Sanctuary county can’t pay for ‘cultural proficiency’
The call to increase school funding in Montgomery County – one of the highest-profile “sanctuary” jurisdictions in the country – comes amid an intensifying political mood against illegal immigration.
Michael A. Durso, president of the Montgomery County Board of Education, sent out a letter to parents Tuesday, urging them to lobby elected officials to increase school funding. In his letter, Durso cited a need to “build the cultural proficiency of staff” to accommodate a spike in students who do not speak English.
Montgomery County abuts Washington, D.C. Its leaders have invited illegal immigrants to settle in the area for two decades, joining the nationwide sanctuary movement that now numbers more than 300 jurisdictions. County officials have shielded illegal residents from federal immigration authorities.
But Durso’s letter indicates the public school system is feeling the strain.
“Nearly 35 percent of our student body is eligible for free and reduced-price meals (FARMS), an increase of 16,407 students since 2009,” Durso wrote. “Moreover, we have seen a 32-percent increase in students enrolled in English for Speakers of Other Languages (ESOL) during this same period.”
“Over the last eight years, Montgomery County Public Schools has seen a rapid expansion in the number of students enrolled, but a contraction of the essential resources to serve them,” Durso said.
Without referencing the county’s sanctuary for illegal immigrants, Durso mentioned what he called the “unprecedented growth and changing needs of our student population” and the need to “build the cultural proficiency of staff.”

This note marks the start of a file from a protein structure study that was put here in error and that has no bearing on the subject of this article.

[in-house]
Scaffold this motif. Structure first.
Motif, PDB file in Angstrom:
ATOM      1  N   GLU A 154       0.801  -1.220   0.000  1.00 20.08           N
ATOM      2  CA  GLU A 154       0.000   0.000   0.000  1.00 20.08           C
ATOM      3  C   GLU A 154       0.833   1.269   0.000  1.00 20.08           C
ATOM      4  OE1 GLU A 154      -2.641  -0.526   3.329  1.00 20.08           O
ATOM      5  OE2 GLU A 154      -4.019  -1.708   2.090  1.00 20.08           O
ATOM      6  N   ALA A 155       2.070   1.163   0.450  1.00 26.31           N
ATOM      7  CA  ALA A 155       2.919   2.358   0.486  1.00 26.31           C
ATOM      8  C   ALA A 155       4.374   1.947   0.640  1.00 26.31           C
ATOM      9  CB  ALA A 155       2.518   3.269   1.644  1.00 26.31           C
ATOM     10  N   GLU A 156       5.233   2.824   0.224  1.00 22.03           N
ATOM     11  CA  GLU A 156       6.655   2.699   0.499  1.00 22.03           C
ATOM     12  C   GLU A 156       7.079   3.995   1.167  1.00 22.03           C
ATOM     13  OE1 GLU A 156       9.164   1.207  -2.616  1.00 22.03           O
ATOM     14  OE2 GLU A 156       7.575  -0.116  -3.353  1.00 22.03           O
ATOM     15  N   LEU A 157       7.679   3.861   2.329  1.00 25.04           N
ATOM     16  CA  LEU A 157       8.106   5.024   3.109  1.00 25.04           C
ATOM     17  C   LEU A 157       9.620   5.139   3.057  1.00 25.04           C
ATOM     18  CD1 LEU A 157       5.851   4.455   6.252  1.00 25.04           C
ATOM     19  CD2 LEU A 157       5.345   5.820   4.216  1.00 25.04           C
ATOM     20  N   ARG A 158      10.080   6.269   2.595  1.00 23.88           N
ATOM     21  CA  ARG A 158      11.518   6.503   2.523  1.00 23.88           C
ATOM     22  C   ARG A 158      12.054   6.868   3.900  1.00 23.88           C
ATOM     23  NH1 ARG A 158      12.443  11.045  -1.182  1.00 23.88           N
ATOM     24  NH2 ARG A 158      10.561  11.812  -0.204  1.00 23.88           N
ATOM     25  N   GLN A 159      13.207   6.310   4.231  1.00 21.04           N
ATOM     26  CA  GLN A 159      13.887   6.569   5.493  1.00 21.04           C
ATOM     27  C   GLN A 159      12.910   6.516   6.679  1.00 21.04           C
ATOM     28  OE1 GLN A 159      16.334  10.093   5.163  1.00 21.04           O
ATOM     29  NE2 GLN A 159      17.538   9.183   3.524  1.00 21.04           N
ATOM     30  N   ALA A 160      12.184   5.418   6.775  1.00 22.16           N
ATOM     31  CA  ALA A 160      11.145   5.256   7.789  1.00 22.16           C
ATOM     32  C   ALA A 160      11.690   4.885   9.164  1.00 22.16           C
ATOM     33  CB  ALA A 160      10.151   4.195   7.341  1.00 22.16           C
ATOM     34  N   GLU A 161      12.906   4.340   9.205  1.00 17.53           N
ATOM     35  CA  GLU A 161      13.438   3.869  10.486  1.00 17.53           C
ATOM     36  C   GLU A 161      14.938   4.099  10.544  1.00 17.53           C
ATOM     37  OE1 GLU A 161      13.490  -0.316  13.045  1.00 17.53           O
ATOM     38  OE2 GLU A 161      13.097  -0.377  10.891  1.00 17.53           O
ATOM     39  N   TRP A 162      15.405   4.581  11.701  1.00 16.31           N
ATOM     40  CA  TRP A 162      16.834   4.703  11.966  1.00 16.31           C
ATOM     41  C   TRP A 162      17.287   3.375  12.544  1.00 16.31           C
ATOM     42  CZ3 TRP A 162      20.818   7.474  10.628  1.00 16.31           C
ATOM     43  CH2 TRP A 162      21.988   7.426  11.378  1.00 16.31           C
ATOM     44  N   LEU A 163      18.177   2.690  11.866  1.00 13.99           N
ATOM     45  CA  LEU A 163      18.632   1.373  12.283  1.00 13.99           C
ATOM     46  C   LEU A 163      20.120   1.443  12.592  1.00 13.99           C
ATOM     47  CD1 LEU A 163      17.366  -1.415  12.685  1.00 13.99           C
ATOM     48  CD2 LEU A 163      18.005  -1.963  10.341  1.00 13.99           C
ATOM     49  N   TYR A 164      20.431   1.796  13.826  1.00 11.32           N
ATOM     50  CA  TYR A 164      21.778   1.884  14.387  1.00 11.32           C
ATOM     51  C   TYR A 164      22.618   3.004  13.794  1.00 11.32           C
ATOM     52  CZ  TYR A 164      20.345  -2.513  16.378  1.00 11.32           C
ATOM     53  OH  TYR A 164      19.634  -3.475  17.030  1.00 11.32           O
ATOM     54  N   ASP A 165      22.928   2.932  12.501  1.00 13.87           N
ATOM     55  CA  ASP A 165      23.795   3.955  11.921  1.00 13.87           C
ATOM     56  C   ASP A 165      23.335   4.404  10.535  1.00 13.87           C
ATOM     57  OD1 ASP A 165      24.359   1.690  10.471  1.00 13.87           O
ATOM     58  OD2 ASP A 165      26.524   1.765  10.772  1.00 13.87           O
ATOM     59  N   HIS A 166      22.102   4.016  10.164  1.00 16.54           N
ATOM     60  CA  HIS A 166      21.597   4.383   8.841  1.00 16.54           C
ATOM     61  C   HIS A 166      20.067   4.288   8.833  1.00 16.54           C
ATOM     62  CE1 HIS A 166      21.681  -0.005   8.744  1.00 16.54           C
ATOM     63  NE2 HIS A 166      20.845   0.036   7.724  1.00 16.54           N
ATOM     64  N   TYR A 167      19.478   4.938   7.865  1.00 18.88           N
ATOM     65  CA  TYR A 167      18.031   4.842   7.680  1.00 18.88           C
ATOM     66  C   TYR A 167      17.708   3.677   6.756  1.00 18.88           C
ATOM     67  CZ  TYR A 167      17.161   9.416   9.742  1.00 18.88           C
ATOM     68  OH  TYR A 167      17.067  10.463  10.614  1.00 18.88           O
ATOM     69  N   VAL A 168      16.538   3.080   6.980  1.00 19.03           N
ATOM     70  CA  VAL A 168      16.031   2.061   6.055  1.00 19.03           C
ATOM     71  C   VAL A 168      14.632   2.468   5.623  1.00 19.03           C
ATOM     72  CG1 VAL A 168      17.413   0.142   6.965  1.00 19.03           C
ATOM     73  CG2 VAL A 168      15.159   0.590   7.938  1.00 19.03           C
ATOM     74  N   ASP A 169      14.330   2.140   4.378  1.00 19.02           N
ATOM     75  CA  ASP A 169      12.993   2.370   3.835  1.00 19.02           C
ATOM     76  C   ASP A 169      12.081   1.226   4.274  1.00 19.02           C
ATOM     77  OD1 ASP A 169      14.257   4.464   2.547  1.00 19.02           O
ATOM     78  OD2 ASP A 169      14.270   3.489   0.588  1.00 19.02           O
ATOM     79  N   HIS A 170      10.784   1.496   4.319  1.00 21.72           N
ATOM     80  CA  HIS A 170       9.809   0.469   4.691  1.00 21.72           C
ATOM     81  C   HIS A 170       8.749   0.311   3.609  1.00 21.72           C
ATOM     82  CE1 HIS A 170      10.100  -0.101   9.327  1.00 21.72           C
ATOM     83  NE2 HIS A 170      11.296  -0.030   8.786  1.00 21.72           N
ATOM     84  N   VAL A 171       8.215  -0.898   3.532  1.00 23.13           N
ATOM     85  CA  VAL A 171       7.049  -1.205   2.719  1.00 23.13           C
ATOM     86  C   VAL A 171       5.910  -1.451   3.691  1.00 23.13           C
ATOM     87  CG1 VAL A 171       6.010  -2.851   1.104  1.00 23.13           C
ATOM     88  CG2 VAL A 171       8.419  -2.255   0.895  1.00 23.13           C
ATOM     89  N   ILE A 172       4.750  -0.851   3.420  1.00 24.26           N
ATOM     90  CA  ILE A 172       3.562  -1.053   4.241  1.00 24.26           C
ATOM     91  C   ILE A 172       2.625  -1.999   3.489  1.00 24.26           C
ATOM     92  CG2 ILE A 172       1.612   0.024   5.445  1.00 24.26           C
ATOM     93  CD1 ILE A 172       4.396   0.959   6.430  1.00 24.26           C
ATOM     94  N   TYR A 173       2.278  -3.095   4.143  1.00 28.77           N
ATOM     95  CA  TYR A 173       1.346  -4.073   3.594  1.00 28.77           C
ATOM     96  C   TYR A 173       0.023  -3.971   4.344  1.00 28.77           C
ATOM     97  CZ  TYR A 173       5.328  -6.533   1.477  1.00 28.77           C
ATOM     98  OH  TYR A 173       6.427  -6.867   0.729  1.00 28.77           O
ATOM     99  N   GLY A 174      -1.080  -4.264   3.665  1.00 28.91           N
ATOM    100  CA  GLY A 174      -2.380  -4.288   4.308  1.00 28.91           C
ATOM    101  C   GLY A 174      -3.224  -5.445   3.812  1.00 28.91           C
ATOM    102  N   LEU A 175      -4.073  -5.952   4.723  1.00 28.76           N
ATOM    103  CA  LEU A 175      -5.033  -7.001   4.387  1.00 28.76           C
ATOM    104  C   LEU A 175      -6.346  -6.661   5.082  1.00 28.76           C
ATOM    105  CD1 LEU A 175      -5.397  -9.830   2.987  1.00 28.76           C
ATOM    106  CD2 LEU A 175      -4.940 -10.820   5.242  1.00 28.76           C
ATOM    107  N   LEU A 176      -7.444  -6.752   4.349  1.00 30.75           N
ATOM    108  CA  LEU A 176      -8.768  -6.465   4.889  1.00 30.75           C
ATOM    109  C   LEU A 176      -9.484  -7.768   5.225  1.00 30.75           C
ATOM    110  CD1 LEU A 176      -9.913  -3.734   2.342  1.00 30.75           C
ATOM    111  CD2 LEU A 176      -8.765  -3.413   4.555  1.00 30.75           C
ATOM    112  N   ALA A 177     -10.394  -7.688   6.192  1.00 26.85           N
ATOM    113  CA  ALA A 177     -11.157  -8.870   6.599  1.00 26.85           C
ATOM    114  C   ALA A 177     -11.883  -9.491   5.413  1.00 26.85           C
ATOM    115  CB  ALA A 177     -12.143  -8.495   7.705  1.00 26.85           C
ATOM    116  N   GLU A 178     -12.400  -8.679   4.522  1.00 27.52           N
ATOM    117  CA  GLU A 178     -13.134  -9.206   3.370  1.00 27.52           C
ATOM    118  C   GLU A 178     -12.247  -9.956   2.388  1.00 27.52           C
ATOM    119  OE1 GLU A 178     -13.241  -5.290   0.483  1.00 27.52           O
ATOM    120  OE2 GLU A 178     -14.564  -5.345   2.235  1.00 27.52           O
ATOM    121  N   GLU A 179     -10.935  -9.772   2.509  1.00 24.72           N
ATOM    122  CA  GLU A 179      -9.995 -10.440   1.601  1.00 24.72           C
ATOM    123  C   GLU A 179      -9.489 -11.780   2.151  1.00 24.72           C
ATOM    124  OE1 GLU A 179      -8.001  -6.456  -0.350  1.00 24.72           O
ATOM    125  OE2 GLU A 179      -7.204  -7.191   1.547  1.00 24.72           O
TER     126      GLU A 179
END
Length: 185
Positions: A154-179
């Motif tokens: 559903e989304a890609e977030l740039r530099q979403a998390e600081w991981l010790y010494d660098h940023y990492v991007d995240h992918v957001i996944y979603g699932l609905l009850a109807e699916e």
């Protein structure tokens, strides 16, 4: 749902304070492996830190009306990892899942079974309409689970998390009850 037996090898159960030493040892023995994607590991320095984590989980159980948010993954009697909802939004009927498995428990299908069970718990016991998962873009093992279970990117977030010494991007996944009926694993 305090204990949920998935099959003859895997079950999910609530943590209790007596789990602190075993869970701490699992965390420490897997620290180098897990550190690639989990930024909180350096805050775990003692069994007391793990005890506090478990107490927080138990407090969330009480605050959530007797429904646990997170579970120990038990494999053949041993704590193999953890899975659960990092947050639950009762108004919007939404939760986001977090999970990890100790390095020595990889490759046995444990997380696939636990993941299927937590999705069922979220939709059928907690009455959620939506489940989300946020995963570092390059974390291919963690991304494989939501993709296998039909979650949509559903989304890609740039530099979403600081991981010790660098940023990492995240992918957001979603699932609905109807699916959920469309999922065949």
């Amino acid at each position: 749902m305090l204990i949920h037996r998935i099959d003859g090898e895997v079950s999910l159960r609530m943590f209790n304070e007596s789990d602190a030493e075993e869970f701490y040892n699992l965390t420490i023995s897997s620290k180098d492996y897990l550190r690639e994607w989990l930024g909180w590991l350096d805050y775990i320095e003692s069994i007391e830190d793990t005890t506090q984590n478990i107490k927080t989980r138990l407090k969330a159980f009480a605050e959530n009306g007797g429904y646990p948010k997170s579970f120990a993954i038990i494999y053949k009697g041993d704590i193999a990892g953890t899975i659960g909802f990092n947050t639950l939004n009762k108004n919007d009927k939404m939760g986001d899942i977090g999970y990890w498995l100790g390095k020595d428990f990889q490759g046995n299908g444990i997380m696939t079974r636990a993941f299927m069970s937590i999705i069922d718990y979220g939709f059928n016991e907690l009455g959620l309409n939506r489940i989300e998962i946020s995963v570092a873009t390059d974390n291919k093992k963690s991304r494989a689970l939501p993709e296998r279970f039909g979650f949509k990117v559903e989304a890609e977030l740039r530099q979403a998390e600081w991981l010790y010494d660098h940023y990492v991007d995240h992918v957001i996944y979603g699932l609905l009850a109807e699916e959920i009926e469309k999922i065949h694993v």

Three areas of Montgomery County have some of the highest percentages of immigrants from El Salvador in the United States, according to county officials.
Durso is requesting $2.5 billion to run the county’s schools for Fiscal Year 2017, which he says is “a $180.2-million increase” from the previous year. The county school system claims to be the 17th largest in the nation.
At times, Montgomery County has been at odds with the Obama administration on immigration issues. In January, when Secretary of Homeland Security Jeh Johnson announced a new crackdown on illegal immigrants who had previously been deported from the U.S., the county instructed local police to “play no role” to help Immigration and Customs Enforcement agents.
The county council unanimously issued a statement telling illegal immigrants, “Go to your schools, work, and faith congregations, social service agencies, hospitals and medical clinics, community organizations and public buildings, as well as grocery stores and other commercial areas. Continue helping us work hard every day to make Montgomery County one of the very best places to live, work, play, and age with dignity in the nation.”
County officials said that any federal enforcement action to deport illegal immigrants would be a threat to public safety. “We are very concerned that any federal enforcement actions in our country not undermine this trust and threaten public safety in our community,” the council members stated.
In his letter to parents of public school students, Durso called for grassroots involvement to increase the budget. “Please write to the county executive and County Council, sign up to testify, and contact your friends and neighbors to get involved today,” Durso said.
Durso did not respond to requests for comment.